Another example is at Accenture, where a metaverse layer has been added to their version of an HQ. Accenture has built a virtual campus in the metaverse, called the Nth Floor, where employees can enjoy a more immersive experience for learning and networking. It regards this as a component of its digital HQ.
A visualization of the Nth Floor by Ben Holfeld. Image licensed under the Creative Commons Attribution-Share Alike 4.0 International license.
And mobile games and apps developer Gismart has shifted to a remote and digital-first model, partly because a large portion of the team was based in Ukraine. “We decided to enable full geographical flexibility to all employees, in perpetuity,” says Lana Meisak, Gismart’s former Chief Business Development and Marketing Officer. Gismart believes having a strong digital HQ will be necessary for hiring and retaining talent.
Now Salesforce has tapped Slack (which it acquired) to help it create a wider digital HQ that combines data from across its business with automation of projects and insights, in one central digital hub, giving employees access and enabling them to connect. “Slack is our tool for agility and automation and, through this, we’ve created a digital HQ that is completely transforming the way we work,” said Zahra Bahrololoumi, CEO for Salesforce, UK and Ireland.
5 key attributes that make digital HQs compelling
1. A level playing field
Digital HQs offer a ‘level playing field’, with open access to all employees, contractors and the extended organization. Physical HQs are exclusive, while digital HQs are inclusive and hence more in line with the way digital services connect rather than separate individuals.
2. Getting work done
Physical centres may be impressive but how much really productive work happens in the physical space? Most work takes place (whether we are sitting in a building or not) in the digital realms. The digital HQ is distinctive because it is a space in which you get work done.
3. The power of networks
During a visit pre pandemic to Pfizer HQ in New York City, an executive complained to me that the people who matter no longer came to the office very much. Power in major organizations, even before COVID, had already ‘left the building’, being located instead in digital networks. The digital HQ acknowledges that power now resides in networks – and networks exist in non-physical worlds.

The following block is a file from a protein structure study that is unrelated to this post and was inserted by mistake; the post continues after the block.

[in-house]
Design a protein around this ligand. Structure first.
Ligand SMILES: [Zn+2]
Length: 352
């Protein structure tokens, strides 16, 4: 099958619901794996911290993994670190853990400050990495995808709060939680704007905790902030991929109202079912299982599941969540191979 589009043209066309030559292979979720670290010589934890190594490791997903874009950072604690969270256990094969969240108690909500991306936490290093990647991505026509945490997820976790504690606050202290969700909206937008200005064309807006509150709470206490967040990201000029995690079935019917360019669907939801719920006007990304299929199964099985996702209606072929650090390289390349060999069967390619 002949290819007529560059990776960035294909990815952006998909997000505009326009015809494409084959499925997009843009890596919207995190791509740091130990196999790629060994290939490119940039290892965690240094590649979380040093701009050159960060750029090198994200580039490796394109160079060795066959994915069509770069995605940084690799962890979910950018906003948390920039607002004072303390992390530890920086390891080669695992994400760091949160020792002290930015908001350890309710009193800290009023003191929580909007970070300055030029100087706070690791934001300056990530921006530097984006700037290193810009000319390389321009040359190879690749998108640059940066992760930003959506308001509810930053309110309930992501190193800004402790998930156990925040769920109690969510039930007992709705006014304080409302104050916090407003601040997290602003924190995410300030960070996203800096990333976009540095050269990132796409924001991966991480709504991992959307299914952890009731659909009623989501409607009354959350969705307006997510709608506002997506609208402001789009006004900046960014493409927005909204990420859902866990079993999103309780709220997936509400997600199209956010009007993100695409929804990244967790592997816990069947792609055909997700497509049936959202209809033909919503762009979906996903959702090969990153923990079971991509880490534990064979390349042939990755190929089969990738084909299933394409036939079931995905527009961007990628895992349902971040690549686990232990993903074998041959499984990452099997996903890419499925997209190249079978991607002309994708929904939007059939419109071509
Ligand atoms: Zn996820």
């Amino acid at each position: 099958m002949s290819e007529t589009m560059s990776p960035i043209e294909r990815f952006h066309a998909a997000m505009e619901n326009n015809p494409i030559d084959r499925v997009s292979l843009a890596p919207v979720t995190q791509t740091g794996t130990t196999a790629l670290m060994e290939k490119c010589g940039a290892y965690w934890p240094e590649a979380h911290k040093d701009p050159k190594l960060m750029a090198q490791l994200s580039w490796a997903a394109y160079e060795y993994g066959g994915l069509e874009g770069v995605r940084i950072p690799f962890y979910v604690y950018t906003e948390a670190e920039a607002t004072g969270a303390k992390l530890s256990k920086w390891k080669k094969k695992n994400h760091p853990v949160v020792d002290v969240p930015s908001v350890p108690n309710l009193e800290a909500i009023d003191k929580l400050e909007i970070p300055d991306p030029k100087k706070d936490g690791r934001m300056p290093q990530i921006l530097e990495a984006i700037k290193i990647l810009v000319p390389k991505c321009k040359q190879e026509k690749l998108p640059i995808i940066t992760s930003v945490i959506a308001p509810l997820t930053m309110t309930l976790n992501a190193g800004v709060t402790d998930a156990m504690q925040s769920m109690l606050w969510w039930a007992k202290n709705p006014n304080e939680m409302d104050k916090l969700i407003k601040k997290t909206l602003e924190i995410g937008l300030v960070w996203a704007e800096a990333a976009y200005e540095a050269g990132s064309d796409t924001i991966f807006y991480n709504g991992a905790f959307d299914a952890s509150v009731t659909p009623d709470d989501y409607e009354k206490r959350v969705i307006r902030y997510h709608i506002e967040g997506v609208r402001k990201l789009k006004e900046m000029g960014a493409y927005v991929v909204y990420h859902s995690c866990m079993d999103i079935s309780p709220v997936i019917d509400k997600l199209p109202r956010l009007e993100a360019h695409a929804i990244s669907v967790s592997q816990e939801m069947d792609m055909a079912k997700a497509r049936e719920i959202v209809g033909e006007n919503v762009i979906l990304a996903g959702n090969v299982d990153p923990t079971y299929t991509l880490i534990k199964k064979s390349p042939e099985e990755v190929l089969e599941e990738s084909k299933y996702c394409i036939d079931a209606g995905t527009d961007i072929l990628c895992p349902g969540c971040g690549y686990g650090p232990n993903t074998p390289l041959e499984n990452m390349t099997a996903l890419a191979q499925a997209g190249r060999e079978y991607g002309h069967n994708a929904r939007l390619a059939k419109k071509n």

4. Facilitating innovation
To build digital HQs is to provide powerful spaces for innovation, ideas and conversations. The Coca-Cola Company’s ideation and talent management system ‘CokeStarter’ does just that – and the results are impressive. These new digital centres stimulate innovation and creativity.
5. The digital HQ as a meritocracy
The digital HQ is a meritocracy in which anyone can have a voice, and this creation of a single digital centre fosters an intimacy and sense of inclusion that is only possible digitally. In DWG, we had offices once upon a time, but after the last one shut in 2010, our company actually became closer because any sense of ‘them and us’ that had existed while we had a physical HQ was eliminated.
So, start designing your digital HQ. Get that concept into the minds of your leadership – and, remember, for a small percentage of the physical cost, you can produce much higher returns in terms of productivity and engagement.
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Categorised in: Digital communications, Digital workplace, Employee experience, Future of work, Hybrid working, Remote working, Workplace productivity